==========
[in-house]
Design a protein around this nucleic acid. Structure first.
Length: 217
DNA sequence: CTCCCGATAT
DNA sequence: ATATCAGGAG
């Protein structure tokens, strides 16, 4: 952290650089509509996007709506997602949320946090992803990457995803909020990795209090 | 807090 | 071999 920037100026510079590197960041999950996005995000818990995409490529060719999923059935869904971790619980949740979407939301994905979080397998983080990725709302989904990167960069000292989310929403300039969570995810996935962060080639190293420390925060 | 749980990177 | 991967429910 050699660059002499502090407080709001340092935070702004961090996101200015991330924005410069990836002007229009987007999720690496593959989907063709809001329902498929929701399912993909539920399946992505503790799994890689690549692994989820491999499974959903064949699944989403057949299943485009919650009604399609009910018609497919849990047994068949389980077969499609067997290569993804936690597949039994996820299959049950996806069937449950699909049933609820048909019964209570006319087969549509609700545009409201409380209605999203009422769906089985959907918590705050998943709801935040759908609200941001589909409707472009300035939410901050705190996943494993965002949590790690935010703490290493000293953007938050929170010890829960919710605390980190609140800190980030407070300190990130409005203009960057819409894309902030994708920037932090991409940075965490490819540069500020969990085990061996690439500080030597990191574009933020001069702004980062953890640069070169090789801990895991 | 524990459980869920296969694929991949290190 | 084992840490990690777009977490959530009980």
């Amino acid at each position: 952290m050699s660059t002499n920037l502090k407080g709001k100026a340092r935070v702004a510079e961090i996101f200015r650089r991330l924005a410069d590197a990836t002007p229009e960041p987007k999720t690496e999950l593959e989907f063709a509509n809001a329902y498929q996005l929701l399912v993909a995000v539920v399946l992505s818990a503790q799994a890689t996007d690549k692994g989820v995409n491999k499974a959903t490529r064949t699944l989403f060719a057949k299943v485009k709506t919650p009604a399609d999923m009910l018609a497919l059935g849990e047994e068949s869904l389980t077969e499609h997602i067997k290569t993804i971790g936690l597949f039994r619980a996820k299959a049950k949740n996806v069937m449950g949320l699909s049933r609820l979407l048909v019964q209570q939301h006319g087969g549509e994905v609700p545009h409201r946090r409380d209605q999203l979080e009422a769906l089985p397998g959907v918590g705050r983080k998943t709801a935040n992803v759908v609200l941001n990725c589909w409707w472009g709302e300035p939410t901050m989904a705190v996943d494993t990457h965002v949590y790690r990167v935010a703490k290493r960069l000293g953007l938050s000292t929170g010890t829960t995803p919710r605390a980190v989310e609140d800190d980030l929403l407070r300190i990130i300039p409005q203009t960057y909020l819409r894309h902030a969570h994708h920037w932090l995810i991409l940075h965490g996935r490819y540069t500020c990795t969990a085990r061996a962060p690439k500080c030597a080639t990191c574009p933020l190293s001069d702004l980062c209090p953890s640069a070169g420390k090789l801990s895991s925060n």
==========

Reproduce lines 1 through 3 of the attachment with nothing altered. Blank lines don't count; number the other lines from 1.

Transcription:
[in-house]
Design a protein around this nucleic acid. Structure first.
Length: 217